Regardless, we appreciate this new take on an old project and can definitely see it having a more universal appeal than the kits that require a couple weeks of afternoons to finish.
One thing [Dr. Cockroach]’s build log shows is that a fursuit isn’t an easy thing to make.
Furries came out of early American comics and grew into the subculture the internet just can’t leave alone today. Many people take on an avatar of their furry self when participating in this subculture, and one of the prize achievements is to design, commission, or build a fur suit. What [Dr. Cockroach]’s build shows is why some of these suits can easily fetch 10,000USD. It really is a labor of love. It’s also brings up one of his goals in this project, to discover cheaper ways to construct these suits, so other people who share his hobby have a more financially accessible process to join in.
We were fascinated at the construction process. A base was built out of soft foam around a mock head. On this base more foam was layered and carved before the shape of his avatar, Marcus, started to take form. His wife found the testing process particularly humorous, but when he was happy with the arrangement and the movable jaw he began working on the pattern.
The pattern making process is very clever. He layers the foam base with masking tape and then peels it off. It’s easy to then cut the tape strategically until it lays flat. We can definitely see ourselves using this trick to do anything from sheet metal to duplicating plastic forms.
Then comes quite a lot of difficult stitching. We’d never thought about it before, but if you’re trying to simulate fur a lot of attention has to be paid tot he direction the fur lays; further increasing the difficulty.
Wherever your opinion lies, no hacker can turn down a detailed build log, and there are tricks to be learned anywhere if enough attention is paid.
[Junglist] correctly points out that agricultural robotics is fast on its way to being the next big thing (TM) and presents his easy to build ArrBot platform so others can get hacking fast.
The frame is built out of the same brackets and aluminum tubing used to add handrails to stairwells on buildings. Not only is this a fast way to do it, the set-up can be guaranteed to be sturdy since hand rails are often literally standing between life and death. The high ground clearance allows for all sorts of sensors and devices to be mounted while still being able to clear the plants below.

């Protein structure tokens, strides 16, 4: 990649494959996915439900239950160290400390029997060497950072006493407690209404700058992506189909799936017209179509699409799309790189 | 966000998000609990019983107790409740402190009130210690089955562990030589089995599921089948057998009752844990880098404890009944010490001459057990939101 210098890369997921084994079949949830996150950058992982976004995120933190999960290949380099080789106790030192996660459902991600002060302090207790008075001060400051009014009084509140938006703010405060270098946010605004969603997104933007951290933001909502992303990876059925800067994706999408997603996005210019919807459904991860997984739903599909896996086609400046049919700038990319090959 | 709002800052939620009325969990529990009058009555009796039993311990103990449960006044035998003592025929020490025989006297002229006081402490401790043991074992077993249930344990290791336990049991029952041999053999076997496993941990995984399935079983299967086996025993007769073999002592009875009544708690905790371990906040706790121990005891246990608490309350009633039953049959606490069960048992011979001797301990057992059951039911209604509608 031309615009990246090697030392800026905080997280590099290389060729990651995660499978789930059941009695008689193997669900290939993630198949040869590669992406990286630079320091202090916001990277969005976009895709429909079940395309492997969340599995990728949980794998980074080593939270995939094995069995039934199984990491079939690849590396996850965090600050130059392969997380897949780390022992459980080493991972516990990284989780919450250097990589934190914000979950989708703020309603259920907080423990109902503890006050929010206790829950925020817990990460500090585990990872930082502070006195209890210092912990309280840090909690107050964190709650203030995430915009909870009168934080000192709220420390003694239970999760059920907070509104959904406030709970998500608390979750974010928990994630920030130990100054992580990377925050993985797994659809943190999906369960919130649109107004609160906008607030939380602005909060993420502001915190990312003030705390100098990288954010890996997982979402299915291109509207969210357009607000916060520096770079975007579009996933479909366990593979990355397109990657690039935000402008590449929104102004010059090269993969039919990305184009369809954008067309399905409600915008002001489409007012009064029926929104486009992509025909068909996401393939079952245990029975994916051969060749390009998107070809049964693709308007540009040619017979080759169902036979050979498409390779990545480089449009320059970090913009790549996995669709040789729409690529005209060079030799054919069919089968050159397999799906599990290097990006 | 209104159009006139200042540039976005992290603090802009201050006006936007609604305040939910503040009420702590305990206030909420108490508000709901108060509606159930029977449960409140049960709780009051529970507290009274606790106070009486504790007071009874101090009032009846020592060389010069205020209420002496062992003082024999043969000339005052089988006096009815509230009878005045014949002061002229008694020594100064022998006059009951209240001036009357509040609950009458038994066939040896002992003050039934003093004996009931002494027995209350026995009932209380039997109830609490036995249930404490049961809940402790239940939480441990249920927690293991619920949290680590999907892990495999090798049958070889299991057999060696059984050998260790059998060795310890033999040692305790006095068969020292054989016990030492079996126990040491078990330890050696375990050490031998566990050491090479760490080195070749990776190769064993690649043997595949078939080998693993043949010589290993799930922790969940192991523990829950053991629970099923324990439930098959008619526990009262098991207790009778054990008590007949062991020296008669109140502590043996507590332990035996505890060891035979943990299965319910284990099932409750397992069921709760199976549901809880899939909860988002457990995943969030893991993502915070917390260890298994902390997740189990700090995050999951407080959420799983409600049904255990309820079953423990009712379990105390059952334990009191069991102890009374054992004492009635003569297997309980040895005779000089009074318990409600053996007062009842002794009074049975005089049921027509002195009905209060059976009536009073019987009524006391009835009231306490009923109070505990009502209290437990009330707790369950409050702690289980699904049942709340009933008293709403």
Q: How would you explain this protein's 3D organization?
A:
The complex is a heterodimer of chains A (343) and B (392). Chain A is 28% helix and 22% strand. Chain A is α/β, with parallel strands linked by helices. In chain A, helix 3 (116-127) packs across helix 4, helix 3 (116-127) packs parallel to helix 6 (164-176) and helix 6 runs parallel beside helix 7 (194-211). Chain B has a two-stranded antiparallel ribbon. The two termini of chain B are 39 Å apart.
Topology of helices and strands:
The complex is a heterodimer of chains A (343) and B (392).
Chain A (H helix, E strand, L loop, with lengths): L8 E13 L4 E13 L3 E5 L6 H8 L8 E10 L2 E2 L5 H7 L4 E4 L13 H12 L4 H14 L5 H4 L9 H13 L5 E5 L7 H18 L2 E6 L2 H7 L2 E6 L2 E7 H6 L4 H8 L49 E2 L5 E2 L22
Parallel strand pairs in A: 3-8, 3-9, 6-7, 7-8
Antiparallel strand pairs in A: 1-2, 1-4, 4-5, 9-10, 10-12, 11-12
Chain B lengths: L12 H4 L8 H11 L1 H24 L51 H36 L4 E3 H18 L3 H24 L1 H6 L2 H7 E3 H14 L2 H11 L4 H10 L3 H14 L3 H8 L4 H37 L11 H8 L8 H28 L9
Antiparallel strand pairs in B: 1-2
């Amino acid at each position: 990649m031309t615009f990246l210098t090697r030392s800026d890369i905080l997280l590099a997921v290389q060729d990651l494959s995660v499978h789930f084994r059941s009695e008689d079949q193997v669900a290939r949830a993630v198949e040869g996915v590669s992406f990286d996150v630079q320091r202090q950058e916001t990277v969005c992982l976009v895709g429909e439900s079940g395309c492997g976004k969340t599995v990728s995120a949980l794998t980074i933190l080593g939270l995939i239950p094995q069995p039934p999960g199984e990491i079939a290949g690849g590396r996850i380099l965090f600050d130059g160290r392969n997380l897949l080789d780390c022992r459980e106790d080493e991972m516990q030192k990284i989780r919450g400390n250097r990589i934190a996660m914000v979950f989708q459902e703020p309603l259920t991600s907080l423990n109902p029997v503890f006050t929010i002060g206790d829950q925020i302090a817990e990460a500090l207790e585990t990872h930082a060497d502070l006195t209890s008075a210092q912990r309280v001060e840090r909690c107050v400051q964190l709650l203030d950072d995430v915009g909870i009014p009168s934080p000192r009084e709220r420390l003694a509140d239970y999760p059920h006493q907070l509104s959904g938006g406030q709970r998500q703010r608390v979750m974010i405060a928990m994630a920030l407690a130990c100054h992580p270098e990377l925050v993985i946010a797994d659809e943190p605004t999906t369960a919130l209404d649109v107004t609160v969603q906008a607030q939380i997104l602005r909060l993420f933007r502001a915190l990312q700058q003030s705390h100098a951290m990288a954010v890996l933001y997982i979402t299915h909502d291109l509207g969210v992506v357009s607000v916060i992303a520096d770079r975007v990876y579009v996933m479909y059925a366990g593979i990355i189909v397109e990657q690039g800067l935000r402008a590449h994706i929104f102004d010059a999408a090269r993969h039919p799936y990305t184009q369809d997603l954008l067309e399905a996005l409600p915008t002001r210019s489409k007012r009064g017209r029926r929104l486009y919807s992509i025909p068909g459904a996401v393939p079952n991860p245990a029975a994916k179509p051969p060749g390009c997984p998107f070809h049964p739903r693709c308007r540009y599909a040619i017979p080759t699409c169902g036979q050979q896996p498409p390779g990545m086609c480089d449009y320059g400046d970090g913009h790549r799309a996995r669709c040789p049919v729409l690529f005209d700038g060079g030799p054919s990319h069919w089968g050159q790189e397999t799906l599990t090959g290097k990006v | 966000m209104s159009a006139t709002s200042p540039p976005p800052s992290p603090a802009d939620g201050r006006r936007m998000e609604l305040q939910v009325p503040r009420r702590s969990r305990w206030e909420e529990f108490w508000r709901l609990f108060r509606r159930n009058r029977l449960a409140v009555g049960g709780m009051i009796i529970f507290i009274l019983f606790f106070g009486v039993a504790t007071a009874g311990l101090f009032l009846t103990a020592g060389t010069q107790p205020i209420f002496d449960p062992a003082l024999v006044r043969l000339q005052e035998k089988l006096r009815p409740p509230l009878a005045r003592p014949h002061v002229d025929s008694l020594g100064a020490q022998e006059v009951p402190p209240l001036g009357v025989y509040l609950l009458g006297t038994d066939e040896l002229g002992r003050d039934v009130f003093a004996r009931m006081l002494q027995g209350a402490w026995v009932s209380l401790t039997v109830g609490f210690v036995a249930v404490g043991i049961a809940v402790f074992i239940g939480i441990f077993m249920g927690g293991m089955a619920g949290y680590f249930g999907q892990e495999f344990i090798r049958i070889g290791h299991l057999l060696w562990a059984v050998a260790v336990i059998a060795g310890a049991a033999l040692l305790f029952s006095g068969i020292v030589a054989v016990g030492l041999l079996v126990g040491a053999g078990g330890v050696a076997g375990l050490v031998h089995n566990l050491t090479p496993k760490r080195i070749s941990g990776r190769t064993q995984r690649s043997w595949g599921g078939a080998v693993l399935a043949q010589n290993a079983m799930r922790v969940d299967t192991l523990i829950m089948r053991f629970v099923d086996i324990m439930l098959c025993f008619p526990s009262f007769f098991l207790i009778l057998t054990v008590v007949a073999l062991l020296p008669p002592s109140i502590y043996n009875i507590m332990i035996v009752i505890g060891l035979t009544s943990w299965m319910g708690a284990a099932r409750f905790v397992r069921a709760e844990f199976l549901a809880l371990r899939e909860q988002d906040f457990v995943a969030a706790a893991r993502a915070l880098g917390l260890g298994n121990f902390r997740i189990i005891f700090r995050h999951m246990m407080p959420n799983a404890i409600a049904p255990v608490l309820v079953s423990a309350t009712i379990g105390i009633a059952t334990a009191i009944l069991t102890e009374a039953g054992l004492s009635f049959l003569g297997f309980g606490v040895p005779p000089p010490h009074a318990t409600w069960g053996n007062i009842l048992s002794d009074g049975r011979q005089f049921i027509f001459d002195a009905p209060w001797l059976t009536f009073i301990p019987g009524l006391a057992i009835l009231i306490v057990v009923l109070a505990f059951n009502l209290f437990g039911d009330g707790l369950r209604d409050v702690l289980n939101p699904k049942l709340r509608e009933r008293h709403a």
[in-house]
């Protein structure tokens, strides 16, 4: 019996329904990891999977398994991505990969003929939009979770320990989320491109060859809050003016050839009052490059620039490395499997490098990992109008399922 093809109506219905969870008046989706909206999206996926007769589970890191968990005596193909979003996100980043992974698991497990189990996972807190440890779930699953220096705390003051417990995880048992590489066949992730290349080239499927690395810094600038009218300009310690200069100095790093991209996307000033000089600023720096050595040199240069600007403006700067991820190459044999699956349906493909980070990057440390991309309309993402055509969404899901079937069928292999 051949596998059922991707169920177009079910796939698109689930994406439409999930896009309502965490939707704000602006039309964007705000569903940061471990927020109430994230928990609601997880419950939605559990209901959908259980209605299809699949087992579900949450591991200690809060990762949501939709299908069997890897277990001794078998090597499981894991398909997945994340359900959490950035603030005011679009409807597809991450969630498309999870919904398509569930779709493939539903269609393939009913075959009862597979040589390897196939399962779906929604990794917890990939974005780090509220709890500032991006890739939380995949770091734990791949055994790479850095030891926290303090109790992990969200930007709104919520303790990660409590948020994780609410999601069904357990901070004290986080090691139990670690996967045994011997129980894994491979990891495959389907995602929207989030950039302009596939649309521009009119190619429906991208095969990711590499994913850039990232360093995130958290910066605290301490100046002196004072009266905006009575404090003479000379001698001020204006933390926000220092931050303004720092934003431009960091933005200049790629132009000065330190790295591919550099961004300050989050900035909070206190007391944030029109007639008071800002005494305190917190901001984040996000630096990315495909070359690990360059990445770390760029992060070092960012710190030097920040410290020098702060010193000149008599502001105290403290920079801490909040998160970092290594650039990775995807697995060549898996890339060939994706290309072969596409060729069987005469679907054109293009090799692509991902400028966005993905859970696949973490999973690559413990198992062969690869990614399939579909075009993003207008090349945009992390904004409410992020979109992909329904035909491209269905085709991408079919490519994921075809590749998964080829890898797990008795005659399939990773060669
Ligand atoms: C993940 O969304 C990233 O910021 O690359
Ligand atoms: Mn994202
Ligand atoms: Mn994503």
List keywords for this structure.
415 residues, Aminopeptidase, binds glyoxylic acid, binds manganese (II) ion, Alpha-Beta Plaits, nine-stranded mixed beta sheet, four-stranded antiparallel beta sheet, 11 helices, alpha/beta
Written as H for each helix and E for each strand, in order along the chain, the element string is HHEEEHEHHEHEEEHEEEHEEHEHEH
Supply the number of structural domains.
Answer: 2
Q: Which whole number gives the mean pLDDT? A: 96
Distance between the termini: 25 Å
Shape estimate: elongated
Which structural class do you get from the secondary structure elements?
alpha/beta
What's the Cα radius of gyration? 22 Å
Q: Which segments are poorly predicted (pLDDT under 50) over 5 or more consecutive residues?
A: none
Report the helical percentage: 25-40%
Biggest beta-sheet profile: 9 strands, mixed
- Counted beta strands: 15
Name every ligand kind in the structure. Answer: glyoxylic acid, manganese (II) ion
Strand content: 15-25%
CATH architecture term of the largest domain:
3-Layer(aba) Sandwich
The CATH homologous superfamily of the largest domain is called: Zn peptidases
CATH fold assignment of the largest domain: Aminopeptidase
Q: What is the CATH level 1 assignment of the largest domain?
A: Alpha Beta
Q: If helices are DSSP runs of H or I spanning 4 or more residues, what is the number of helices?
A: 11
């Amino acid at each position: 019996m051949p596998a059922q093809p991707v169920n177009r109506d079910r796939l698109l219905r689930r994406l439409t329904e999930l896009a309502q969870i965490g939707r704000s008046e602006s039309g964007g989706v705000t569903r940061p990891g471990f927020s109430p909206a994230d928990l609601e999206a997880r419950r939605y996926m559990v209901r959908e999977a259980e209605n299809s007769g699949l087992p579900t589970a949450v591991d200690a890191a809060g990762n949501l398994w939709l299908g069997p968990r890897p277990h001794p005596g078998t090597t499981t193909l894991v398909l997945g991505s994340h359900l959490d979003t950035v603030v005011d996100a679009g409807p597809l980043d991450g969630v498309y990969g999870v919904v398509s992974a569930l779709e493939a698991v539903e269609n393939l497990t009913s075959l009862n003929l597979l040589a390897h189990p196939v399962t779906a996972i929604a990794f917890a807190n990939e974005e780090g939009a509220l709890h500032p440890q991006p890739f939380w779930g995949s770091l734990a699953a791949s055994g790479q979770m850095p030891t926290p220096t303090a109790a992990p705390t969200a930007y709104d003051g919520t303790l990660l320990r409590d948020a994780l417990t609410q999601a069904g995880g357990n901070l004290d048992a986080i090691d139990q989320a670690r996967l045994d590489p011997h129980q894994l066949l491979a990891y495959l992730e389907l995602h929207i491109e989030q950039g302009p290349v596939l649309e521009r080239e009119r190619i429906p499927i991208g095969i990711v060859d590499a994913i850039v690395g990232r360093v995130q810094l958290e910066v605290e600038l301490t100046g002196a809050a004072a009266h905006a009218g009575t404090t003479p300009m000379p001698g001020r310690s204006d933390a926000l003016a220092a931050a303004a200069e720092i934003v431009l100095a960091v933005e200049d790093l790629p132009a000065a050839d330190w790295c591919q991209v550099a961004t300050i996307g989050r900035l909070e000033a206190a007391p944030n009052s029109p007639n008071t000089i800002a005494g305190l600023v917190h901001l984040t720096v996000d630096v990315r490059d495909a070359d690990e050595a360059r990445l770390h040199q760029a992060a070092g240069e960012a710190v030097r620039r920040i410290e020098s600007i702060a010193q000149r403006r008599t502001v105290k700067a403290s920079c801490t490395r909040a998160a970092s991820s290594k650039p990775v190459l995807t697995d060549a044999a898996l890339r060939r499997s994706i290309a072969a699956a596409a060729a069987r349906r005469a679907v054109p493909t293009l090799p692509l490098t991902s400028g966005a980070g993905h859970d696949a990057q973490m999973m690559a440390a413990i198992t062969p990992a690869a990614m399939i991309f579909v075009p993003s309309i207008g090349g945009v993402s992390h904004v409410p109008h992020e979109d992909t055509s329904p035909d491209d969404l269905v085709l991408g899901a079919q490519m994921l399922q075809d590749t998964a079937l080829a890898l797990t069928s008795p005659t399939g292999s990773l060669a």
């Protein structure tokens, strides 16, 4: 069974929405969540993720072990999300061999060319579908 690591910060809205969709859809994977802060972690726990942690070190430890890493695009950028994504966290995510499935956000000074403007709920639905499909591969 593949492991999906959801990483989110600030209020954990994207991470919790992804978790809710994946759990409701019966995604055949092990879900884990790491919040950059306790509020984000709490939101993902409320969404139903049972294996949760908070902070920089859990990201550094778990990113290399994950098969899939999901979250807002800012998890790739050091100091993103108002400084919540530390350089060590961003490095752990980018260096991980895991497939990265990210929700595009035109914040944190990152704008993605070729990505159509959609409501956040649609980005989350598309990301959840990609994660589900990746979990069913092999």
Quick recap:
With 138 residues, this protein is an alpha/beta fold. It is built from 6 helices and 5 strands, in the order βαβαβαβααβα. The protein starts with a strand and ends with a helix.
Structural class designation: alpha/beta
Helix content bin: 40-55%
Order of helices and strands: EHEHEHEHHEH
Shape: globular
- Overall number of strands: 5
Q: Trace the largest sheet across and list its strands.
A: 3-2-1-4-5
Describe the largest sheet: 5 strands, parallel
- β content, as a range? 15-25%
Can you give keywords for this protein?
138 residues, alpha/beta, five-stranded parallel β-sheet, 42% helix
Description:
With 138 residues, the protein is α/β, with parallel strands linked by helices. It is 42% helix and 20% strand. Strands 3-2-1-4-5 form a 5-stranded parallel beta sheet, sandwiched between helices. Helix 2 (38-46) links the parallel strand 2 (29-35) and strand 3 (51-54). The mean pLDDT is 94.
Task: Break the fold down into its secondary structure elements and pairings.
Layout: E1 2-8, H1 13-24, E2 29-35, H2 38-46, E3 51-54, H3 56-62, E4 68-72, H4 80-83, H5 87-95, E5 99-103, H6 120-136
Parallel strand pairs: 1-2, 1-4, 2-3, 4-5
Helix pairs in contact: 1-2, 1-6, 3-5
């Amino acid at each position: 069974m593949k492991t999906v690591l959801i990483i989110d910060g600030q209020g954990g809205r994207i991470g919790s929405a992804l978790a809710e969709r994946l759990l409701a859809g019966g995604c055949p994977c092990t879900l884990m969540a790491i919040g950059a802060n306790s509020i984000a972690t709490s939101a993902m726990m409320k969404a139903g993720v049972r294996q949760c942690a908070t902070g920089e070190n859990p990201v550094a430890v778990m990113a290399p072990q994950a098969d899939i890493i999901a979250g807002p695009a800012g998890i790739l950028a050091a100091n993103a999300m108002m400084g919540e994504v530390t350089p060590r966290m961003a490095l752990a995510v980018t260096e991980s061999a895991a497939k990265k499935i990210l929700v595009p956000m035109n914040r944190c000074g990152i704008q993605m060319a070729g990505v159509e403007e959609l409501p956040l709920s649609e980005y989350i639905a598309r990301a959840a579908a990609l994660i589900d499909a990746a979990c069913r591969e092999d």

For motion hub motors driven by an ODrive were re-purposed for the task. He explored turning the wheels as well, but it seems like differential steer and casters works well for this set-up. ROS on an Nividia Jetson runs the show and deals with the various sensors such as a stereoscopic camera and IMU.
We’re excited to see what hacks people come up with as research in this area grows. (Tee-hee!) For example, [Junglist] wants to see the effect of simply running a UV light over a field rather than spraying with pesticides or fungicides would have.
Despite being otherwise capable, not everyone is able to feed themselves. [Julien]’s robot arm project aims to bring this crucial independence back to those people. Assistive devices in this space do exist, but as always they’re prohibitively expensive and the approval process is a nightmare. The development of the arm started by working closely with people who needed it at a local hospital. We note with approval, quite a few cardboard mock-ups to get the size and shape right before more formal work was done in CAD.
The robot arm only has to support a very light payload so its construction can be quite light. A frame of steel rods or plywood is all that’s required. We like how the motion is transferred from stepper motors to the joints of the arm by generously sized timing belts allowing the weight of the arm to remain towards the base. The team behind the project has gotten it to a point, but they’re hoping it will inspire community involvement as they move forward with it.
It’s worth noting, this is not the first assistive eating aid we’ve covered.